Assertion and reason questions have been part of major competitive exams in India and globally. CBSE, in its recent notification, has changed the pattern of question paper for board exams and has included 20 objective/VSA type questions. There would be various types of objective questions like fill in the blanks, true/false, MCQ, and Assertion – Reason type questions. Among all these types of objective questions, the most complicated one is the Assertion – Reason type . Word “Assertion” means a confident and forceful statement of fact or belief. In this type of question, students are provided with two statements named “Assertion” and “Reason”. Assertion represents a fact or belief. The other statement is the reason, which may or may not be the explanation of assertion. What do A-R questions mean for CBSE Class 10 students? The new pattern that has been introduced gives a heavy 25% weightage to objective type questions in all subjects. That means, Out of 80 marks, 20 marks will be assigned to this new bracket of questions i.e Multiple Choice Questions, Assertion-Reason Based, Case study based questions , Fill in the Blanks, etc. Till 2019, this was not the case. Subjective questions where students need to write a detailed answer will carry only 60 marks under the new pattern. The long answer type questions have reduced in number and weightage. Hence, it has become necessary to study between and lines with minute details to answer objective type questions. Why are A-R questions difficult to crack? In this type of questions, the student has to read the Assertion and Reason statements carefully and choose the correct option from the following: A. Both the Assertion and the Reason are correct and the Reason is the correct explanation of the Assertion. B. The Assertion and the Reason are correct but the Reason is not the correct explanation of the Assertion. C. Our Assertion is true but the Reason is false. D. The statement of the Assertion is false but the Reason is true. E. Both the statements are false. There isn’t much difficulty in the cases where either assertion or reason is false. The real challenge is when both are true and you have to predict if the reason is the correct explanation of assertion or not! You give the correct answer only if you are not only confident about the correctness of the assertion but also know its proper explanation. EXAMPLE. Assertion: Aryl halides are less reactive than alkyl halides for nucleophilic substitution reactions. Reason: There is a partial double bond character between halogen and benzene ring. For predicting the right answer: Read the assertion carefully and see if the statement is correct or not. In this case, we know that it is a true statement. Now ask yourself what is the reason for this statement to be true? Here we know that this statement is true because there is resonance in aryl halides due to which there is a partial double bond character which makes it more difficult to remove halogen from the benzene ring. Now see if a similar statement is given in the reason or not. If yes then it would be the correct explanation of assertion else not. How to score well in A-R questions? Certain things that you can do to score well in these new types of questions are: Read thoroughly A lot of students skip this utterly important part, making it as easy, but always read the question carefully to understand the assertion statement. Then, figure out whether the reason statement is true or not. Once you feel you have found the correct answer, read both the given statements once more. Then select the option that you think is right. 2 . Think of each statement independently Evaluate the given statements independently to figure out the correct answer. In certain questions, the reason provides the correct explanation for the given assertion statement, while in others it does not. If your concepts are clear, you will be able to quickly spot the inaccuracy in the explanation and select the correct answer. You need to think logically and use your conceptual understanding to analyze the scenario before answering assertion questions. 3. Pra cticing assertion questions with CBSE Class 10 practice tests Assertion questions can be confusing. You need to know the meaning of the options available to get the answer right. Here, practice tests can be useful. Just reading tips on answering may not be effective. Tips are great for developing your own strategies to tackle the exam questions. If you practice CBSE Class 10 assertion questions, you will improve your thinking abilities. Once your practice test results are available, check whether you happen to lose marks due to lack of conceptual knowledge, overconfidence, or lack of focus resulting from nervousness. You can start by practicing a few that we have created from Class 10 Physics chapters of Light and Human Eye Select the correct answer to these questions from the codes (i), (ii), (iii), and (iv) as given below: i) Both A and R are true and R is the correct explanation of the assertion. ii) Both A and R are true but R is not the correct explanation of the assertion. iii) A is true but R is false. iv) A is false but R is true. Assertion: An object placed in front of a convex lens forms an image of the same size. Reason: Object is placed between the center of curvature and focus Assertion : Dentists use a concave mirror.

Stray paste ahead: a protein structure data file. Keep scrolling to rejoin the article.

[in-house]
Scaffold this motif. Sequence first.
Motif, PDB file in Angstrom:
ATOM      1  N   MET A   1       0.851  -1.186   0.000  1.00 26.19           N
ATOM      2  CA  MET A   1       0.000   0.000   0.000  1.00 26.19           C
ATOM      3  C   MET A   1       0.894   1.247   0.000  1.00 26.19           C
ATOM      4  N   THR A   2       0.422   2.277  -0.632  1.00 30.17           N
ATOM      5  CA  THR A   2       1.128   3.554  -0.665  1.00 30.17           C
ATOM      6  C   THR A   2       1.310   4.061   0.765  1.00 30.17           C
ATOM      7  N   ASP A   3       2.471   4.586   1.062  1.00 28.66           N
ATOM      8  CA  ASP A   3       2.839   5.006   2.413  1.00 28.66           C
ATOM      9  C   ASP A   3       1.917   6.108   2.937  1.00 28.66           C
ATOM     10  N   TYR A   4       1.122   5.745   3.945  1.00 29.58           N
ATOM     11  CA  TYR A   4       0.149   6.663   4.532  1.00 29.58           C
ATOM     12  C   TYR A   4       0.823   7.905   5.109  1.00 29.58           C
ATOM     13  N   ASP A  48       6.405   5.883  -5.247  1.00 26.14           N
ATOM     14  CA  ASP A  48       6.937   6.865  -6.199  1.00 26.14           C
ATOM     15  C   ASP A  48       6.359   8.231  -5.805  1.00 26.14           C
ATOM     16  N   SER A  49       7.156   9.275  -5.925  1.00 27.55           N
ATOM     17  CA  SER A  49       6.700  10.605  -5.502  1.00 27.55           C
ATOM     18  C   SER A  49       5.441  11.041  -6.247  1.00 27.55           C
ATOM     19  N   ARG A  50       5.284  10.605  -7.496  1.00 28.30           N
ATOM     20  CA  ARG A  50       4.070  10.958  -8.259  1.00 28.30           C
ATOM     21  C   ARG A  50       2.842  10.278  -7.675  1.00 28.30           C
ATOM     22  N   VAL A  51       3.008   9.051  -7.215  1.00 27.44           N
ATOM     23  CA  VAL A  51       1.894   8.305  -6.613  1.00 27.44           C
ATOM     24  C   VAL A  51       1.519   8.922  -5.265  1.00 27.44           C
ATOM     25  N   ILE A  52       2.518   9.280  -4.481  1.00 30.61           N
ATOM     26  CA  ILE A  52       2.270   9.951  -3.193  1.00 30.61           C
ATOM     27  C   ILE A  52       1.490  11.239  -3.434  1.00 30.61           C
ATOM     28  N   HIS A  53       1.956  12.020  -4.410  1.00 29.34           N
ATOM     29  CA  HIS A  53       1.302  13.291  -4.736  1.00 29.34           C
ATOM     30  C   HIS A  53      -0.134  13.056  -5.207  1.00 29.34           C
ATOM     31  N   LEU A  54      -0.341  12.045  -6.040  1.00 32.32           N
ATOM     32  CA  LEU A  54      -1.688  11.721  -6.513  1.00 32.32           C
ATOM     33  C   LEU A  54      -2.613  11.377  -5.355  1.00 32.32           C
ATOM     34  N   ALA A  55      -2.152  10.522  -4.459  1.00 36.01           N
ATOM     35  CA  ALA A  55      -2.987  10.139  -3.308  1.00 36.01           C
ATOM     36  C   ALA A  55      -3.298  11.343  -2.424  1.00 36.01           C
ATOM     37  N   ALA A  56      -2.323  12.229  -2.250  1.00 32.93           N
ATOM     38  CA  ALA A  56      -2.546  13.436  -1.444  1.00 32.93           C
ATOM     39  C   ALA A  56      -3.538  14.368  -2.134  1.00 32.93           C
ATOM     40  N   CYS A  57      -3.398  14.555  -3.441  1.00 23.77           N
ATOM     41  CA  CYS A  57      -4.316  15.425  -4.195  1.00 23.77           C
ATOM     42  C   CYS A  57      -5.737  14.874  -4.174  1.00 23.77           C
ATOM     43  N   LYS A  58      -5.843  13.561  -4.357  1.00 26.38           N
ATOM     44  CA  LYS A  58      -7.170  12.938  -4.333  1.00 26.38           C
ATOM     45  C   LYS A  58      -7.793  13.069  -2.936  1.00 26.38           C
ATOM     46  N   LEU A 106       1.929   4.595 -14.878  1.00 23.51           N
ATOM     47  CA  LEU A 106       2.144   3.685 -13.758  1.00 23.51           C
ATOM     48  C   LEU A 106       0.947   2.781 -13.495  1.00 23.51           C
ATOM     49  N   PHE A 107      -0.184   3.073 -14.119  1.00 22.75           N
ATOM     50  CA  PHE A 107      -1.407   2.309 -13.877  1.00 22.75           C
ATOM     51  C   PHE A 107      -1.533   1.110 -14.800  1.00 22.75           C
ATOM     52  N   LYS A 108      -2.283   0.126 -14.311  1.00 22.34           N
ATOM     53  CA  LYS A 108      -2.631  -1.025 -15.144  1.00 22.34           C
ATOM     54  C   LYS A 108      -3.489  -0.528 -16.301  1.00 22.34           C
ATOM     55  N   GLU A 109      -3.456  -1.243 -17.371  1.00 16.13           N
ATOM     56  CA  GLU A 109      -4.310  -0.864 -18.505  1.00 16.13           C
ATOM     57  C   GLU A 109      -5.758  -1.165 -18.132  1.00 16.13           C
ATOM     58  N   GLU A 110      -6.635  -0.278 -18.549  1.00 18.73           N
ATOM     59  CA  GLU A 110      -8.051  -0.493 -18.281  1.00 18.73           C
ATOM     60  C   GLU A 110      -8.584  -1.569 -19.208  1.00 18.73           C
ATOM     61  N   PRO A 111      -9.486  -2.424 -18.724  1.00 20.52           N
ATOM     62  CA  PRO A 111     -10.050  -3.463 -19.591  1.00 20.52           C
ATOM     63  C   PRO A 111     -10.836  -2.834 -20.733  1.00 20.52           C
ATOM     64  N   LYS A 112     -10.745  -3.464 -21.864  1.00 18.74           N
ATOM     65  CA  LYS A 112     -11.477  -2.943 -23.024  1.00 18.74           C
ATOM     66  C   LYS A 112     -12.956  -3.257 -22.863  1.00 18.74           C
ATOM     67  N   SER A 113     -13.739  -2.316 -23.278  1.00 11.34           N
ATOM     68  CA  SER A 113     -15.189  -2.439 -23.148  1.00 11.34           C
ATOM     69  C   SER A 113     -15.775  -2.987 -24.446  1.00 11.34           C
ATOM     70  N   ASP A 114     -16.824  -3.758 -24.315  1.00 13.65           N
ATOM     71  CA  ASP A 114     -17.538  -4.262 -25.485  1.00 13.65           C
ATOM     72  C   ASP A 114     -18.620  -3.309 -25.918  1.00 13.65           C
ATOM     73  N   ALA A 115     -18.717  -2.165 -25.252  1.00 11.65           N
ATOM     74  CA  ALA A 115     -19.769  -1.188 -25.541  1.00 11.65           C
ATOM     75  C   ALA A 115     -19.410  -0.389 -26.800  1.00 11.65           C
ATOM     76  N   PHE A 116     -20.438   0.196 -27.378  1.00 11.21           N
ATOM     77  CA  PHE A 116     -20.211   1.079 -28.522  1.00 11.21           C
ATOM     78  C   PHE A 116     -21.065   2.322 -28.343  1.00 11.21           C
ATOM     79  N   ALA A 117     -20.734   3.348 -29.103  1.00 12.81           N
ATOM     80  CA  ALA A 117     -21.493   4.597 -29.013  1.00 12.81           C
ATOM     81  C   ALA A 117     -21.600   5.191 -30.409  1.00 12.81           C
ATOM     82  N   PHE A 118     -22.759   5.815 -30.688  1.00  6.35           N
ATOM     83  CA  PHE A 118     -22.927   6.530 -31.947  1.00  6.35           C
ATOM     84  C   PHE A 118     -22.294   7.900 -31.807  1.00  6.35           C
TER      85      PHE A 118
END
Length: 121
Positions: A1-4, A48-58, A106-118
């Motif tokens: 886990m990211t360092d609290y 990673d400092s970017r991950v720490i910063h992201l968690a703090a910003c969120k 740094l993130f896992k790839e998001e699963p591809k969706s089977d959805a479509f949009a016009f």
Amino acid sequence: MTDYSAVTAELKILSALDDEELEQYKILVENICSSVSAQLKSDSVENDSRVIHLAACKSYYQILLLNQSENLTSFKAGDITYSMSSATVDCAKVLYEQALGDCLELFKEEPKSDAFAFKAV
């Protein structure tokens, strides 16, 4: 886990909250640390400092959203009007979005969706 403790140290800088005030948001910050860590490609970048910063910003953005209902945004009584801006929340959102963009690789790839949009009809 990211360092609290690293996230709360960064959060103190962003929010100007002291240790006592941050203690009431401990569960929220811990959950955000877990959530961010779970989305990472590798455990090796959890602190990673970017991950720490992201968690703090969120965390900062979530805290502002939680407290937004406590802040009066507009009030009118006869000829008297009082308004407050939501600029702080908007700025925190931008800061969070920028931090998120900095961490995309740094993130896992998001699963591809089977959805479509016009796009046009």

Reason : Concave mirrors are converging mirrors. Assertion : Danger and warning signs are red in color.
Reason : Red light has a larger wavelength.